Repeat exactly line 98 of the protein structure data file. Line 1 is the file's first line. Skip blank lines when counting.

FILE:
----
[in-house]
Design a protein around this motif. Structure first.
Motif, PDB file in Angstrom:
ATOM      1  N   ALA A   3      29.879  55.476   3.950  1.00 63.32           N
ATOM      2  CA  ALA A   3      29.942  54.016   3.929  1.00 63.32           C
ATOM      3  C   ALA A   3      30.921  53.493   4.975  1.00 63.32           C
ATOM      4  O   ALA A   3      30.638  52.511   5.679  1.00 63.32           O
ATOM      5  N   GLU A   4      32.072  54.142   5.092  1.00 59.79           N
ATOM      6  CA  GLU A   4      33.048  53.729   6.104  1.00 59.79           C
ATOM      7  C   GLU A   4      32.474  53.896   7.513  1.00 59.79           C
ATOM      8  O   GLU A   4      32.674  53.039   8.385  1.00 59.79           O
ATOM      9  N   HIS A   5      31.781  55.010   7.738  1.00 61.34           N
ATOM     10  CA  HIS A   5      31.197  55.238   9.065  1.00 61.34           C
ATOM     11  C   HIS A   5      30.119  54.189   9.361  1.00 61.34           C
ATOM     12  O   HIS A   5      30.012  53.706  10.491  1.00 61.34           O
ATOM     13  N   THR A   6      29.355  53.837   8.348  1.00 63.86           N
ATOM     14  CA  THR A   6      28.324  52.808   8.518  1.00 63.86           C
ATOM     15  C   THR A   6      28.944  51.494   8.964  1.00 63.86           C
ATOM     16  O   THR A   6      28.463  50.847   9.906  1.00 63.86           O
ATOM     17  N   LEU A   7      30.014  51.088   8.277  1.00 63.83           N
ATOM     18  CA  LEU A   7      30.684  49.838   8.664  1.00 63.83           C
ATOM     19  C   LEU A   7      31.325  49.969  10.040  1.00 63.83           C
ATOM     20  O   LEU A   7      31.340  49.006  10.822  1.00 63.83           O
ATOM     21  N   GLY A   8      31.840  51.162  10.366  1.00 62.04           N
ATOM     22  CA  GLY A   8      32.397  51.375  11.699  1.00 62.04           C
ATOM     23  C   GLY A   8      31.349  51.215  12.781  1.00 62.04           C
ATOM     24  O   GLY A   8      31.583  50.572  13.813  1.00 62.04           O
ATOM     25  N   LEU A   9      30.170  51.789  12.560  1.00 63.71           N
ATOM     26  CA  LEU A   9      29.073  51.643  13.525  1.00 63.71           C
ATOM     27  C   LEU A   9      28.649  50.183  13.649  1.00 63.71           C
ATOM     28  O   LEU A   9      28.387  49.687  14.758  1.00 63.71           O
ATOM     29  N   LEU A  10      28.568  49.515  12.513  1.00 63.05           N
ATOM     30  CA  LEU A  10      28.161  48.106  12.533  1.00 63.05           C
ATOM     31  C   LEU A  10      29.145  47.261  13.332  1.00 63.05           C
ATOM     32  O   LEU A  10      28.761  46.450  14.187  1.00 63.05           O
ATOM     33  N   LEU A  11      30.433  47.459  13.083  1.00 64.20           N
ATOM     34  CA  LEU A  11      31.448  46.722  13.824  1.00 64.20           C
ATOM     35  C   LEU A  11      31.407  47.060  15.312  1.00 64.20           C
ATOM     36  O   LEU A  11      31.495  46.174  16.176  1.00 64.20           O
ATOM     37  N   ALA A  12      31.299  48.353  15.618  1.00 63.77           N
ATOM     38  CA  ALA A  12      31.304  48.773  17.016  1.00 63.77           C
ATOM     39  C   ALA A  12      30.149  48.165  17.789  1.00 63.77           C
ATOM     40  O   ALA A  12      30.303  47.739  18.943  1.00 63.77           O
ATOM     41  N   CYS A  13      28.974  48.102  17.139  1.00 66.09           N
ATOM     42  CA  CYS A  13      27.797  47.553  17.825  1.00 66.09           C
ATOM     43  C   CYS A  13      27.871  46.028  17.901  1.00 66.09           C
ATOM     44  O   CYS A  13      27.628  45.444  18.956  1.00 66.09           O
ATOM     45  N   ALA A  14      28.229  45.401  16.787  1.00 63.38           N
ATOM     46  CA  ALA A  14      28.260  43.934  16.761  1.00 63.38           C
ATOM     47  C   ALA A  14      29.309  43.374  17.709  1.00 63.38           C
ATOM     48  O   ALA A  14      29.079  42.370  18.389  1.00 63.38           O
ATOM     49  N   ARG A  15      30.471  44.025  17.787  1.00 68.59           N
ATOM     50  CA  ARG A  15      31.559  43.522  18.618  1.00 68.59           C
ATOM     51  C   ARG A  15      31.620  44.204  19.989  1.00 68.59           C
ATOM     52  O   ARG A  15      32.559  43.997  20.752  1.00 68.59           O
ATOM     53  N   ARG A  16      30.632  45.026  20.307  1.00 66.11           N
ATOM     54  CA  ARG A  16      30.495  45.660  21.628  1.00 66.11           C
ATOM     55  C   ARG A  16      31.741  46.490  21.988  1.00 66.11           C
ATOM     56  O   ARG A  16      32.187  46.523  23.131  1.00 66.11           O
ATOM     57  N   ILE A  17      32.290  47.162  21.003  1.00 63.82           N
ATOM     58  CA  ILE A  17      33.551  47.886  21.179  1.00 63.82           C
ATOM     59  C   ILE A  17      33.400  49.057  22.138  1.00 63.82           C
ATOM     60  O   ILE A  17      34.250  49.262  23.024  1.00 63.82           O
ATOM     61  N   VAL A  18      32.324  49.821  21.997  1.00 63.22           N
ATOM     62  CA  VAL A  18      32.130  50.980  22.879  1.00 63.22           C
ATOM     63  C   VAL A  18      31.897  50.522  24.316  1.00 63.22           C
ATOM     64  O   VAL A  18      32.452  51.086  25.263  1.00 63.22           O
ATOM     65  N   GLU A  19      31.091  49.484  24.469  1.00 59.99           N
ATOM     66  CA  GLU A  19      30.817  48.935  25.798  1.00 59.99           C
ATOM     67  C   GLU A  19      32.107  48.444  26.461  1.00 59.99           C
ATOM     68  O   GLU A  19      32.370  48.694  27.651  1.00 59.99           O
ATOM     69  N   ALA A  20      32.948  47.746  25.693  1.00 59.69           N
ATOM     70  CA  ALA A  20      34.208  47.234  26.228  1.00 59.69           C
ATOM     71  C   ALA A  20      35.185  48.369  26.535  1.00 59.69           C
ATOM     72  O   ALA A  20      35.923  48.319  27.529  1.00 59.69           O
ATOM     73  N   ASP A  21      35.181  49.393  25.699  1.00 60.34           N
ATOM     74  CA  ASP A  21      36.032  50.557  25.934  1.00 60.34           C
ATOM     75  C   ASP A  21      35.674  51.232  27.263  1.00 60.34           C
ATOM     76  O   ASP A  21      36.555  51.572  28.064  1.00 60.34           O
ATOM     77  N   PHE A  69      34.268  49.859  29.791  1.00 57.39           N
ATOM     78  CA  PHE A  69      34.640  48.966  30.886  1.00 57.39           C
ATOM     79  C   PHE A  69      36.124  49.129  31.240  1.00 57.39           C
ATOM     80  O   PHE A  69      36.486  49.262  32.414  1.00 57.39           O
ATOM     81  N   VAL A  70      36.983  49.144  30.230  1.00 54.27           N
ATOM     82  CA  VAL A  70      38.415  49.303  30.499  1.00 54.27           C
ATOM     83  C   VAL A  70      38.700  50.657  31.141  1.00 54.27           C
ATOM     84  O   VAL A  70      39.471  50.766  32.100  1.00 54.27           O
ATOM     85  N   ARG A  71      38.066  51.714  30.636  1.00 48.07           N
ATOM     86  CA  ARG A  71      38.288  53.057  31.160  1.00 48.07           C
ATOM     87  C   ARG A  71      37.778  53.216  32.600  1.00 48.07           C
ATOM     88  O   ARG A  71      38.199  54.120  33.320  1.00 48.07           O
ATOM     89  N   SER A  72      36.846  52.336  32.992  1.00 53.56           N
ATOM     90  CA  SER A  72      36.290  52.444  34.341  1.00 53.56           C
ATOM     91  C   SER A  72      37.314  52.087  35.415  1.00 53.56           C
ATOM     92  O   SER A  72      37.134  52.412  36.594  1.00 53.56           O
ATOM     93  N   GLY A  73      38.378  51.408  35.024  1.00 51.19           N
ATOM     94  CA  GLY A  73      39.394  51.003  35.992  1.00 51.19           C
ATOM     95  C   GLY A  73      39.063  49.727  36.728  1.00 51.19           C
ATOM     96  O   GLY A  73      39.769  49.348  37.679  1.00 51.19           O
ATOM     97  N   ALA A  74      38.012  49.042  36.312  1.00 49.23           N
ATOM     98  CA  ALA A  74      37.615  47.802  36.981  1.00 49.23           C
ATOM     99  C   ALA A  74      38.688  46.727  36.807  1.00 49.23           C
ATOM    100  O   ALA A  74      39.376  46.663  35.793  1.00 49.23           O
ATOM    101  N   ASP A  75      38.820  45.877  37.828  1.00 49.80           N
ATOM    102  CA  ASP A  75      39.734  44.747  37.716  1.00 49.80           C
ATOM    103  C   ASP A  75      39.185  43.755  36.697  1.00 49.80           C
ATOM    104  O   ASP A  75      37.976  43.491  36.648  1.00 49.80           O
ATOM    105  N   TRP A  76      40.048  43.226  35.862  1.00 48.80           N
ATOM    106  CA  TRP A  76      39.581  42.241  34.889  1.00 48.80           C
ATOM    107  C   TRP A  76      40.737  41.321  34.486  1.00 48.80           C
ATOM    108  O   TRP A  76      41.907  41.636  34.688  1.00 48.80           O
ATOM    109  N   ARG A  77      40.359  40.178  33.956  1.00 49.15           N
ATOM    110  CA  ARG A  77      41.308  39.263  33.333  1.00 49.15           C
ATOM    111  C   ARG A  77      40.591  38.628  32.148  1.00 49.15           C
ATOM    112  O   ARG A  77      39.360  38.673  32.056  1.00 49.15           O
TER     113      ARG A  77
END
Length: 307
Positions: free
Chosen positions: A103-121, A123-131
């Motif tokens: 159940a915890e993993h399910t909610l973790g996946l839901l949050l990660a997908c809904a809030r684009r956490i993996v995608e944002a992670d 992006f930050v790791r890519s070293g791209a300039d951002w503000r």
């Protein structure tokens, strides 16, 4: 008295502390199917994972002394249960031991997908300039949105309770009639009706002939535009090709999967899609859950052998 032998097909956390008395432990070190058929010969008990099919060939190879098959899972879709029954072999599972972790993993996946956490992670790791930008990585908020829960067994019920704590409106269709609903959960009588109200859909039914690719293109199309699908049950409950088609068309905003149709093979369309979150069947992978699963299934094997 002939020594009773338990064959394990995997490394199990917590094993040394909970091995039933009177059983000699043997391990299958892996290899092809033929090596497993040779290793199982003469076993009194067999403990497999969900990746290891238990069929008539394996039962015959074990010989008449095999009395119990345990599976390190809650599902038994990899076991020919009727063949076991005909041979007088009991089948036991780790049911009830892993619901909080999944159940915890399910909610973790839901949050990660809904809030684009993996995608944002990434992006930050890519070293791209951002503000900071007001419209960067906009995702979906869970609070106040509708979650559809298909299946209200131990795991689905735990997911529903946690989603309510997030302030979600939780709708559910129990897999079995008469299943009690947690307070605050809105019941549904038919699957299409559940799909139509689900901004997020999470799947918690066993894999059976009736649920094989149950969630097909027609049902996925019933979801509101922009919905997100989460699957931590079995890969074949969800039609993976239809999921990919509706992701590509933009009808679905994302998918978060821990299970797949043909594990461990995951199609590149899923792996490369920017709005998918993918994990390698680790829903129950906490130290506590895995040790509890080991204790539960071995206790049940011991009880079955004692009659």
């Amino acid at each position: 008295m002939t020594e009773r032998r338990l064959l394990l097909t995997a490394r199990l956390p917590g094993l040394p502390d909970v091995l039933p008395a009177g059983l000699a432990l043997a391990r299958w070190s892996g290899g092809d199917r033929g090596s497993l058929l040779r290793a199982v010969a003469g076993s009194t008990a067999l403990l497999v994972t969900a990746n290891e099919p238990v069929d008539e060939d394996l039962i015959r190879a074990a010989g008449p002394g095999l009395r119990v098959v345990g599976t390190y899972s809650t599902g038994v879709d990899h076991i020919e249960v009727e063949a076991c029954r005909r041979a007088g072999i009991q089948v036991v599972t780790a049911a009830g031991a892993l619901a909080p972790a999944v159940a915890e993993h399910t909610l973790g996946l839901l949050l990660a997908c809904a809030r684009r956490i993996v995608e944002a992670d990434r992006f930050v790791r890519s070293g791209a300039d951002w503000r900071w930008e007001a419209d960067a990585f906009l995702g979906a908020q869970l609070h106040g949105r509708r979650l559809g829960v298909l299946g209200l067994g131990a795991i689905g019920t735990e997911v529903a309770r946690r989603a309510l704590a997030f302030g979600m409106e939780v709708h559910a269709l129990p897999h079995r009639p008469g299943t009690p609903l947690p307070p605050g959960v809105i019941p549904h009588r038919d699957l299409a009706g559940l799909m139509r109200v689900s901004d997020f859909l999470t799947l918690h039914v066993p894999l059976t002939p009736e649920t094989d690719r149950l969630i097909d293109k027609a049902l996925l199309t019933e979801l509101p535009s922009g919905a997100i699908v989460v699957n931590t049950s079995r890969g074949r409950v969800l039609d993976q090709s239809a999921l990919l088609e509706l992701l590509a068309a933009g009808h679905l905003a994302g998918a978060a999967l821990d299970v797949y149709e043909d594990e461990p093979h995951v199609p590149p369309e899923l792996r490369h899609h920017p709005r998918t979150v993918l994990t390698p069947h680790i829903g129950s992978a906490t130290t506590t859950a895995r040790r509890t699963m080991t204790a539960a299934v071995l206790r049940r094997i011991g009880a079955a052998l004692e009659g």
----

ATOM     95  C   GLY A  73      39.063  49.727  36.728  1.00 51.19           C